WHAT’S MY NAME?
(3 and 1/2 out of 4 stars)
DIRECTED BY MIRA NAIR
STARRING: IRRFAN KHAN, TABU, KAL PENN
122 MINUTES, RATED PG-13
How frustrating it must be to be Kal Penn. In an industry preoccupied with movies about young, beautiful white people, this smart, charismatic, and funny Indian actor has had to do everything but reinvent the wheel to get a chance to break out of Hollywood’s stereotypical pipeline. He first did it in Harold & Kumar Go to White Castle, exhibiting a penchant for the more intellectual form of immaturity that made the stoner cult hit one of the smartest comedies of the last decade.
But that blip on the radar aside, Penn fans have then been forced to wince through a long drought of clichéd Hollywood comedies. Penn was forced to play it dumb in Van Wilder 2, play it wacky in Epic Movie, and even go the terrorist route in several episodes of this year’s 24.
But for all those fans who watched his turns in these clunkers with dismay, take note: The Namesake re-establishes this young man as one of the most promising actors of his generation.
Based on Jhumpa Lahiri’s bestselling novel, and directed by Mira Nair—the inspiring force behind 2002’s joyful Monsoon Wedding — The Namesake is the multi-generational story of a Bengali husband and wife trying to make the turbulent transition from Calcutta to America, and the struggles faced by their children in honoring their Indian roots while embracing their American future.
Kal Penn plays Gogol—the son to soft-spoken but well-meaning father Ashoke (Irrfan Khan) and the strong, independent, but soft-hearted Ashima (Tabu)—the main character of a story that comes to center around his identity crisis, self-discovery, and reinvention.
For that matter, every member of this family comes to reinvent themselves. Ashoke, a shy and timid man who, early in the movie, can barely muster the courage to stare into the eyes of the woman he hopes to woo, later becomes the grounded center of a family that must occasionally survive through rough waters.
Ashima, meanwhile, suffers a difficult transition to the American way of life, flying overseas with her new husband but leaving her heart behind in Calcutta, with her mother. It is only later, as the years drift by and her children grow older, that her heart finally finds equal footing in the West.
In his earliest scenes, it becomes clear that all Gogol wants—much like most children—is to fit in. He views anything that makes him stand out—his clothing, his name, his personal history—as an obstacle, and so he runs as far in the opposite direction. He dates an affluent, white Yale classmate, and shuns his own family to spend weeks with her at her parents’ beach-side summer house. He starts going by a different name, is uncomfortable when his girlfriend meets his parents for the first time, and feels awkward at parties, where he is the only dark-skinned attendee.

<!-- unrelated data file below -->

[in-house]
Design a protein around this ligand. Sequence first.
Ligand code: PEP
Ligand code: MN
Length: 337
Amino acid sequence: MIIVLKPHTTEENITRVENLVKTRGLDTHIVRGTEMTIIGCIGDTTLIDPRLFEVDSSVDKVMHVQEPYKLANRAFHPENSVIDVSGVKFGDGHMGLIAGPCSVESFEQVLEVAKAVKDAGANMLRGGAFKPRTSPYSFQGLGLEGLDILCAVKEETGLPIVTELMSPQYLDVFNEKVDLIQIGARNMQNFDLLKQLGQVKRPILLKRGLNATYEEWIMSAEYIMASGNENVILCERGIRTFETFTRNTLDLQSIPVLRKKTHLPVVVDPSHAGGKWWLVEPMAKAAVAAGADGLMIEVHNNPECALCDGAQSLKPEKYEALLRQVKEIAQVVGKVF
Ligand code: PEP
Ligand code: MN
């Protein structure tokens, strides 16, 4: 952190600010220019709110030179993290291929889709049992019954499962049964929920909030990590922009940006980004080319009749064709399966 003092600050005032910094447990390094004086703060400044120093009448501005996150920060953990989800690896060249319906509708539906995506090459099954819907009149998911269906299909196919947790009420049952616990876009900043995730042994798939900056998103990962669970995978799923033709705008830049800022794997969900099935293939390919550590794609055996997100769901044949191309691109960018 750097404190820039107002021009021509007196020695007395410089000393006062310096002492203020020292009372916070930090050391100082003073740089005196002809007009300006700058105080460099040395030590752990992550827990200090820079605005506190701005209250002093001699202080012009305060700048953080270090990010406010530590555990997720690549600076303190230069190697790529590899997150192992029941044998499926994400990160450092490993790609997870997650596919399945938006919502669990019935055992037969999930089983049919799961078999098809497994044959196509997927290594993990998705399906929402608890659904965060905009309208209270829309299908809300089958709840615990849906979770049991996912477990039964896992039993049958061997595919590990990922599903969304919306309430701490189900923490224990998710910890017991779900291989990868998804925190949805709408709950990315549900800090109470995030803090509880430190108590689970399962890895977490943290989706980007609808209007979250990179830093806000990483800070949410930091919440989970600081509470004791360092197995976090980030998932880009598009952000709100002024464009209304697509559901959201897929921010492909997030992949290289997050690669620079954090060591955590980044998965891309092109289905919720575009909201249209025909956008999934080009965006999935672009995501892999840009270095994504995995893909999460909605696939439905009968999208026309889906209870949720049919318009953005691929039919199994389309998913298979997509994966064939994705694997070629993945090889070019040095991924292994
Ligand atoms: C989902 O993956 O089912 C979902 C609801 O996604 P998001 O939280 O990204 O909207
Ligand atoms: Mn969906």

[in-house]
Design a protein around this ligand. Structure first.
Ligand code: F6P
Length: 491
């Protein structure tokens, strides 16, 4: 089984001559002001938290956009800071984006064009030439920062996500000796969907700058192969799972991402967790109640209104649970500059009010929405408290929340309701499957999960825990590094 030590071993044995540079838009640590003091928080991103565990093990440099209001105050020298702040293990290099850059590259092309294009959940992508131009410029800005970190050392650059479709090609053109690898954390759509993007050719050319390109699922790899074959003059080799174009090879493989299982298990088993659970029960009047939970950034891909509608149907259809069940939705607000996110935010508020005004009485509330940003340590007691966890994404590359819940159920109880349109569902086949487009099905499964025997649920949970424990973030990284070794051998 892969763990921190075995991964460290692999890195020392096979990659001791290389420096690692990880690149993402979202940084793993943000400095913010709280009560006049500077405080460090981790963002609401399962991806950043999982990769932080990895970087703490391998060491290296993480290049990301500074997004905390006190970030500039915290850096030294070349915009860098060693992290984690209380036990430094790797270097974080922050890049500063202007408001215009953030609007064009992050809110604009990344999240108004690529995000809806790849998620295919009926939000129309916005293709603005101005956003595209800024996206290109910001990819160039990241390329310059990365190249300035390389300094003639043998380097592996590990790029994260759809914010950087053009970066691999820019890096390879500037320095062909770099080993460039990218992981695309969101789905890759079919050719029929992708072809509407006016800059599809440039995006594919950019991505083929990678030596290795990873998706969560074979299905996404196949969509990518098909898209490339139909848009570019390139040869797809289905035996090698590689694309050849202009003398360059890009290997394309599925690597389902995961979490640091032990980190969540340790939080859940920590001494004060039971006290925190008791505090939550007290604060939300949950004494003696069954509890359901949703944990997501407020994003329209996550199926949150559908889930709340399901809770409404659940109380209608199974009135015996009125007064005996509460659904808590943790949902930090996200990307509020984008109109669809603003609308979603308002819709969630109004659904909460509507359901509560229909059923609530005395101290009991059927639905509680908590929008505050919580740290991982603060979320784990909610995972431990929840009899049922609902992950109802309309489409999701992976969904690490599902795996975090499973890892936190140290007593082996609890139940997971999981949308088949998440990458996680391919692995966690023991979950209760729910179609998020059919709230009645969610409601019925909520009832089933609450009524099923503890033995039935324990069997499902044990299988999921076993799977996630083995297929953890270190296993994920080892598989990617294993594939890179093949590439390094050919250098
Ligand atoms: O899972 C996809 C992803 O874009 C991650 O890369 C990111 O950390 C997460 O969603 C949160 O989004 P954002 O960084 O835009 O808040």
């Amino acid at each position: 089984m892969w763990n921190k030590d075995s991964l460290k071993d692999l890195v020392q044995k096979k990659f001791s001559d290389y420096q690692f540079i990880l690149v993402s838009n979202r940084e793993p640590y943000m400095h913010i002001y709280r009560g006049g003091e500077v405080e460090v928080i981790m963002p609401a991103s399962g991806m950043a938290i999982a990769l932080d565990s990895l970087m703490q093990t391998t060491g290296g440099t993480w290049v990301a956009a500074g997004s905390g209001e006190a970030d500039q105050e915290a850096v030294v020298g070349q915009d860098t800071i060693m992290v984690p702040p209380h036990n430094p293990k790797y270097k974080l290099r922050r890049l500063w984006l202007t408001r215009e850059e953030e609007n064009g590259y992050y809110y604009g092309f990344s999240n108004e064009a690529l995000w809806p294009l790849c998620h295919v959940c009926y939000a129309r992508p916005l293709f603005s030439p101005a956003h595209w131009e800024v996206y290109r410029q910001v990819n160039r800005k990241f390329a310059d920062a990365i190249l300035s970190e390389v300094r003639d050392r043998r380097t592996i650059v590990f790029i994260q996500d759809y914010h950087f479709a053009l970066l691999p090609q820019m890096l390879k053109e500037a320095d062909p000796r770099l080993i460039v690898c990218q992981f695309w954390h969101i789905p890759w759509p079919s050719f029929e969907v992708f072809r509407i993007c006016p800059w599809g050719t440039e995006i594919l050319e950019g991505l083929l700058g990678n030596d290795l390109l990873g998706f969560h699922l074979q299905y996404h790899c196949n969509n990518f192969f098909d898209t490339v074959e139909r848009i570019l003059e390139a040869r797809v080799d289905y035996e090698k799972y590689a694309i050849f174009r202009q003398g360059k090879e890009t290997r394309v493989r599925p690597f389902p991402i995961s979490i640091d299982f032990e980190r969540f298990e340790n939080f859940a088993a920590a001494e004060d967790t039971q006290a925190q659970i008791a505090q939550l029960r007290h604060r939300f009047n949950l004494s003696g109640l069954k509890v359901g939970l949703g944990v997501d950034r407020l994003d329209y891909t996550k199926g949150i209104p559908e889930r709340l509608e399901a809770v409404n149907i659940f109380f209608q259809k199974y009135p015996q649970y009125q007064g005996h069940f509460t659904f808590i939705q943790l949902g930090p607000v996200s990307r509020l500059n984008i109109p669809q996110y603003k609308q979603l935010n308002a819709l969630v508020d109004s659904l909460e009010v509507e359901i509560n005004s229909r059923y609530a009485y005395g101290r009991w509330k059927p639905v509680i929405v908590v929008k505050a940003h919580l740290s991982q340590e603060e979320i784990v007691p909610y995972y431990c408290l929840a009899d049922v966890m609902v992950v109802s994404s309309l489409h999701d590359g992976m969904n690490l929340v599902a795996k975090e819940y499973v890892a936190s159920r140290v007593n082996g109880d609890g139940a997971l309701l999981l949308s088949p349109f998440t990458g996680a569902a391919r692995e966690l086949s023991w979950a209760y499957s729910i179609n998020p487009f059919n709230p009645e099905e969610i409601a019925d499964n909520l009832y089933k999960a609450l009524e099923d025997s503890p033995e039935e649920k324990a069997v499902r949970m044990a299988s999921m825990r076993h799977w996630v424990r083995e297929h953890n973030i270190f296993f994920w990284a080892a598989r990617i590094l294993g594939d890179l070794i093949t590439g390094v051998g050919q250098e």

That all changes when a family crisis shatters Gogol, who is overcome with guilt at having turned his back on his heritage. Shaving his head, leaving his girlfriend, making a pilgrimage to Calcutta in mourning, and pursuing a relationship with an Indian girl first introduced to him by his mother, Gogol for the first time fully embraces his name, his heritage, and commits himself to honoring his roots.
Yet in the film’s final acts, The Namesake proves itself to be about far more than just the bumpy road of life, the awkward clash of cultures, or the ups and downs of family. This story is really about Gogol’s quest for an answer as to how he should live his life—about this young architect who can design towering skyscrapers but can’t quite discern how to construct the bridge between him and his past.
As played so bravely by Penn, Gogol is a distraught boy—and then a passionate man—adrift without a compass. He is the arrogant teenager who cares more about how his name looks on a school application than about why his parents chose that name for him in the first place. He is the twentysomething devastated by the agony of a tremendous loss, who pulls a 180 and steers his life on an entirely new course.
And then, only after those wild swings of the pendulum, is he a man set free; free of the need to blend in, free of the need to repay the debts of his ancestors, free from the worry of who he “should be” and allowed instead to discover the kind of man he wants to be.
In this regard, it’s the ultimate testament to why his parents endured all the hardships: For the chance to discover the American Dream.